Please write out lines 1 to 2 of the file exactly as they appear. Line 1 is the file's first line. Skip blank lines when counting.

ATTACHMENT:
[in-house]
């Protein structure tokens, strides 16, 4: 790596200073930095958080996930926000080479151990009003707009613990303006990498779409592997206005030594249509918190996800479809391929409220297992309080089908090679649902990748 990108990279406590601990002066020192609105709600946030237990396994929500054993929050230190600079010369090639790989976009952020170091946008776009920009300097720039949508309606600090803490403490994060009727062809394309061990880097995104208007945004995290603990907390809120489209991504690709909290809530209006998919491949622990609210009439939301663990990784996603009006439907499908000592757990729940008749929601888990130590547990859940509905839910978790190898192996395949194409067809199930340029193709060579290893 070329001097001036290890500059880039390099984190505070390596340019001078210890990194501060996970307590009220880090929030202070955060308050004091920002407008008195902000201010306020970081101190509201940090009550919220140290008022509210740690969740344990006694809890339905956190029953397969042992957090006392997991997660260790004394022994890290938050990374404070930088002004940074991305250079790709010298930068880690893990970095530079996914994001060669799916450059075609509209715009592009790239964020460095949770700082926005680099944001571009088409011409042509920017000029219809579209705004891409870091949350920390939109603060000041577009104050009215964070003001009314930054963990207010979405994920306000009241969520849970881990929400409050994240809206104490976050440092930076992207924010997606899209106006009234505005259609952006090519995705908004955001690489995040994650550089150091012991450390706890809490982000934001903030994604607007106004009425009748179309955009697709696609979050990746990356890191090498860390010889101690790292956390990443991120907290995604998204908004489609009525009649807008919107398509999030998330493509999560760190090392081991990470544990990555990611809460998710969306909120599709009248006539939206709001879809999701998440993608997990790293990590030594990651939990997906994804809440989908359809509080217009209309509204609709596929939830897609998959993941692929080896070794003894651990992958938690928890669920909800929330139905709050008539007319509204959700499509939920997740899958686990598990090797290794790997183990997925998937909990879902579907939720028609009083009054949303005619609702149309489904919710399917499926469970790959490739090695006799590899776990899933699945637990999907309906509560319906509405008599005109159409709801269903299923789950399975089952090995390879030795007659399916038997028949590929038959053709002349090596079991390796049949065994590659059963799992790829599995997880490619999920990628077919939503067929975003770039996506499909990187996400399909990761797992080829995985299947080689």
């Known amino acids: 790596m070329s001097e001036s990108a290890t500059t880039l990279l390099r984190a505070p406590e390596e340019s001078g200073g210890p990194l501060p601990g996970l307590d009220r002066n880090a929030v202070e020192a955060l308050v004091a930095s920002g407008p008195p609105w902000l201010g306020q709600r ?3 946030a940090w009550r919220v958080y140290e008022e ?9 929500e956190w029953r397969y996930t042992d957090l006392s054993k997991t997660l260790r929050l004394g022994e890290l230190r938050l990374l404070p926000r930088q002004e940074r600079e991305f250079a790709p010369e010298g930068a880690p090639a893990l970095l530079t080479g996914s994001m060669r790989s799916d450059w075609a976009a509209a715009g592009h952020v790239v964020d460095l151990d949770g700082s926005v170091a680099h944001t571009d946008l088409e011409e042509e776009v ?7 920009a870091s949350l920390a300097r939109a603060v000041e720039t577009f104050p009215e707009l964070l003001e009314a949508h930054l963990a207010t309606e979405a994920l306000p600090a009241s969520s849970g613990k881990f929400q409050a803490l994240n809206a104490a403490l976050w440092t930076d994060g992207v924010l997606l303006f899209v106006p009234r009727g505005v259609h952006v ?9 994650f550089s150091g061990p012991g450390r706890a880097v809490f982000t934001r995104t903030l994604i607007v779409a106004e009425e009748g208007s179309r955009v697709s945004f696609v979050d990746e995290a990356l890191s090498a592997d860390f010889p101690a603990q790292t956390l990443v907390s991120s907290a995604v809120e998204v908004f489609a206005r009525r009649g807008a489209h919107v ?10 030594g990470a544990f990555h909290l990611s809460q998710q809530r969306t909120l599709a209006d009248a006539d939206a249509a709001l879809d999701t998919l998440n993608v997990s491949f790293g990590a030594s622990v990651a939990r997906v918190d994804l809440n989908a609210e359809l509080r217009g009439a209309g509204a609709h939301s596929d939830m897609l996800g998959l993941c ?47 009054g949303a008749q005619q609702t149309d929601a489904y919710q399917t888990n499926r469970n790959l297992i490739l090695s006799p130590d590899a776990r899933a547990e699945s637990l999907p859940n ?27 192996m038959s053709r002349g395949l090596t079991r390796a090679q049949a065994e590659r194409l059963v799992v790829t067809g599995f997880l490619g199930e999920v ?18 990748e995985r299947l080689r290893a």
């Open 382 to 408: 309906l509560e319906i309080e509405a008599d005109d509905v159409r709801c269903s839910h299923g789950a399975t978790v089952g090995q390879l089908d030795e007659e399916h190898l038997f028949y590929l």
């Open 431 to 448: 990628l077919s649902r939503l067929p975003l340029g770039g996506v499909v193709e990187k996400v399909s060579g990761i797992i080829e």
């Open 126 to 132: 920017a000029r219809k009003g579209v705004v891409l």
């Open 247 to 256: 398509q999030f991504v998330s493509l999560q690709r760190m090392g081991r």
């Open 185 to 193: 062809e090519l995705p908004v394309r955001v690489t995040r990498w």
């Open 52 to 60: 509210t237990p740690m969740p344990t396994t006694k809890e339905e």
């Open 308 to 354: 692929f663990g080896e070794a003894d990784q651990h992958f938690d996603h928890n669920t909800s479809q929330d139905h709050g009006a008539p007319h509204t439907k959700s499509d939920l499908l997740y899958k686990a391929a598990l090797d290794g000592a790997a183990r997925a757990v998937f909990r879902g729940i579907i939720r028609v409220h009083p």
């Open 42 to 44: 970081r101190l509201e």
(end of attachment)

[in-house]
């Protein structure tokens, strides 16, 4: 790596200073930095958080996930926000080479151990009003707009613990303006990498779409592997206005030594249509918190996800479809391929409220297992309080089908090679649902990748 990108990279406590601990002066020192609105709600946030237990396994929500054993929050230190600079010369090639790989976009952020170091946008776009920009300097720039949508309606600090803490403490994060009727062809394309061990880097995104208007945004995290603990907390809120489209991504690709909290809530209006998919491949622990609210009439939301663990990784996603009006439907499908000592757990729940008749929601888990130590547990859940509905839910978790190898192996395949194409067809199930340029193709060579290893 070329001097001036290890500059880039390099984190505070390596340019001078210890990194501060996970307590009220880090929030202070955060308050004091920002407008008195902000201010306020970081101190509201940090009550919220140290008022509210740690969740344990006694809890339905956190029953397969042992957090006392997991997660260790004394022994890290938050990374404070930088002004940074991305250079790709010298930068880690893990970095530079996914994001060669799916450059075609509209715009592009790239964020460095949770700082926005680099944001571009088409011409042509920017000029219809579209705004891409870091949350920390939109603060000041577009104050009215964070003001009314930054963990207010979405994920306000009241969520849970881990929400409050994240809206104490976050440092930076992207924010997606899209106006009234505005259609952006090519995705908004955001690489995040994650550089150091012991450390706890809490982000934001903030994604607007106004009425009748179309955009697709696609979050990746990356890191090498860390010889101690790292956390990443991120907290995604998204908004489609009525009649807008919107398509999030998330493509999560760190090392081991990470544990990555990611809460998710969306909120599709009248006539939206709001879809999701998440993608997990790293990590030594990651939990997906994804809440989908359809509080217009209309509204609709596929939830897609998959993941692929080896070794003894651990992958938690928890669920909800929330139905709050008539007319509204959700499509939920997740899958686990598990090797290794790997183990997925998937909990879902579907939720028609009083009054949303005619609702149309489904919710399917499926469970790959490739090695006799590899776990899933699945637990999907309906509560319906509405008599005109159409709801269903299923789950399975089952090995390879030795007659399916038997028949590929038959053709002349090596079991390796049949065994590659059963799992790829599995997880490619999920990628077919939503067929975003770039996506499909990187996400399909990761797992080829995985299947080689």